Jewish World Review June 6, 2007 / 20 Sivan, 5767

Why is profit a dirty word?

By John Stossel


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http://www.JewishWorldReview.com | At a recent press conference Sen. John Kerry was upset as he snarled, "Oil companies in America are reporting record profits. Record profits."


When did profit become a dirty word?"


I wish the oil executives would face the media. They could say something like:


"What are you complaining about? What do you think we do with our profits? Buy fancy cars and homes? Well, we do, actually, but nearly all the money goes to looking for more oil and following environmental rules that you want us to follow. You should want us to make more profit. Anyway, we make less profit per gallon than your beloved government takes in taxes."


But Big Oil never shouts back at the reporters. I guess I can't blame them, given the hostility of the economically ignorant media.


This month the media claimed that gasoline prices had reached a "new record."


"Filling up is more expensive now than it's ever been." That's Julie Chen of CBS.


"A record high." — Brian Williams, NBC


"Another record high." — Charlie Gibson, ABC


" ... [R]ecord high of, get this: [ka-ching] $3.18 a gallon." — Jon Scott, Fox


No, Jon, get this: It's not a record high. It only looks that way if you don't adjust for inflation. And that's just silly. It's like saying the movie "Rush Hour II" out-earned "Gone with the Wind." The media should quote prices in real dollars, but when they get excited, they don't. As the U.S. Energy Information Agency (EIA) acknowledges, once you adjust for inflation, it turns out that gasoline cost more 25 years ago, in 1981. When the 1981 price is converted to 2007 prices (not 2006 prices, as originally used at the EIA website), last week's average price of $3.22 was seven cents below the record, $3.29, which, by the way, was a monthly average.


Even if gasoline prices set no record, Congress surely set a record for inanity. What else are we to say about an anti-"gouging" bill passed last month by the House that would make it a crime to charge "unconscionably excessive" prices, "tak[e] unfair advantage of unusual market conditions," and "increase prices unreasonably" during an emergency?


Please. Lawyers will get rich debating vague words like those. Laws are supposed to be clear so we'll know in advance what's legal and what's not. But there's nothing clear about those "crimes."


That's not legislation. It's legislative posturing. Considering the perverse incentives of electoral politics, I'm amazed this bill got only 284 votes.


And Congress should know better. After Hurricane Katrina, Congress had the Federal Trade Commission investigate price gouging, and so the FTC studied price spikes going back years. But it found "no instances of illegal manipulation."


If the politicians do enforce anti-"gouging" rules, it will be akin to capping prices, and we tried that before. It was a disaster. Drivers had to wait in long lines, and some couldn't get any gasoline. Only when price controls were lifted did supplies rush in, and only then did prices go back down.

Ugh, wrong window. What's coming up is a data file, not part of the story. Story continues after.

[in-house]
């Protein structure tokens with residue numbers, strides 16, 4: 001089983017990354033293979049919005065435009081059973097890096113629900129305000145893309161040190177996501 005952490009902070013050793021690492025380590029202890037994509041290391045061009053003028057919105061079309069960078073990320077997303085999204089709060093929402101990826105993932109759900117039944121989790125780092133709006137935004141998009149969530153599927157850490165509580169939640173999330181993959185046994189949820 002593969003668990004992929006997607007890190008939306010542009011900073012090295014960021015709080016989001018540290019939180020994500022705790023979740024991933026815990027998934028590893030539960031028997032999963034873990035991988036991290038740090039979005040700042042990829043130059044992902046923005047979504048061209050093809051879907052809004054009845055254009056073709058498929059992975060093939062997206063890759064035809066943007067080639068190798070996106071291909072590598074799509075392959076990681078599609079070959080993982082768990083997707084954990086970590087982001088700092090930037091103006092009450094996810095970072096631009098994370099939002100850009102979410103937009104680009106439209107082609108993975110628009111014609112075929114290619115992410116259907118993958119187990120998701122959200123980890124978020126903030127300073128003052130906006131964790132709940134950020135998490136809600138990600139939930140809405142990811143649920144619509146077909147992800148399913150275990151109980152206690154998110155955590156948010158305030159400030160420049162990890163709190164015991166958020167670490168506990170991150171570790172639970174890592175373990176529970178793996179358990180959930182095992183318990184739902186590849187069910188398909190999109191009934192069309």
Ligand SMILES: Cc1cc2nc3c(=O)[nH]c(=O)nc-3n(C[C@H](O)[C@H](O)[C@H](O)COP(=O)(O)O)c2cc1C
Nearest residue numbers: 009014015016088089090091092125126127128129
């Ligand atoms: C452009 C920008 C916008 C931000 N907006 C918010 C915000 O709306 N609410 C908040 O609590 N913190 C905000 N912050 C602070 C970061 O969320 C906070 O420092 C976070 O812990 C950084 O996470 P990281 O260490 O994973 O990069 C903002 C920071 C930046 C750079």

Markets don't work? That's a myth [http://tinyurl.com/368opx].


Why did prices spike in recent weeks? It's just supply and demand. Demand is up 3 percent, while supply is up just 1 percent.


And gasoline is still a bargain. Think about what it takes to bring it to us: Drills must bend and dig sideways through as many as seven miles of earth. What they find has to be delivered through long pipelines or transported in monstrously expensive ships, then converted into three different formulas of gasoline, moved in trucks that cost more than $100,000 each, and shipped to gas stations that have to have lots of expensive equipment to make sure we don't blow ourselves up filling the tank. Even after all that, gasoline is still cheaper per ounce than the bottled water gas stations sell.


There's no dirtier word in English than "gouging." But we've had enough unpleasant experience with price controls to know that all they do is create shortages.


Who, but the politician, benefits from that?

Every weekday JewishWorldReview.com publishes what many in in the media and Washington consider "must-reading". Sign up for the daily JWR update. It's free. Just click here.

JUST OUT FROM STOSSEL
Myths, Lies and Downright Stupidity: Get Out the Shovel --- Why Everything You Know Is Wrong  

Stossel mines his 20/20 segments for often engaging challenges to conventional wisdom, presenting a series of "myths" and then deploying an investigative journalism shovel to unearth "truth." This results in snappy debunkings of alarmism, witch-hunts, satanic ritual abuse prosecutions and marketing hokum like the irradiated-foods panic, homeopathic medicine and the notion that bottled water beats tap. Stossel's libertarian convictions make him particularly fond of exposes of government waste and regulatory fiascoes. Sales help fund JWR.



JWR contributor John Stossel is co-anchor of ABC News' "20/20." To comment, please click here.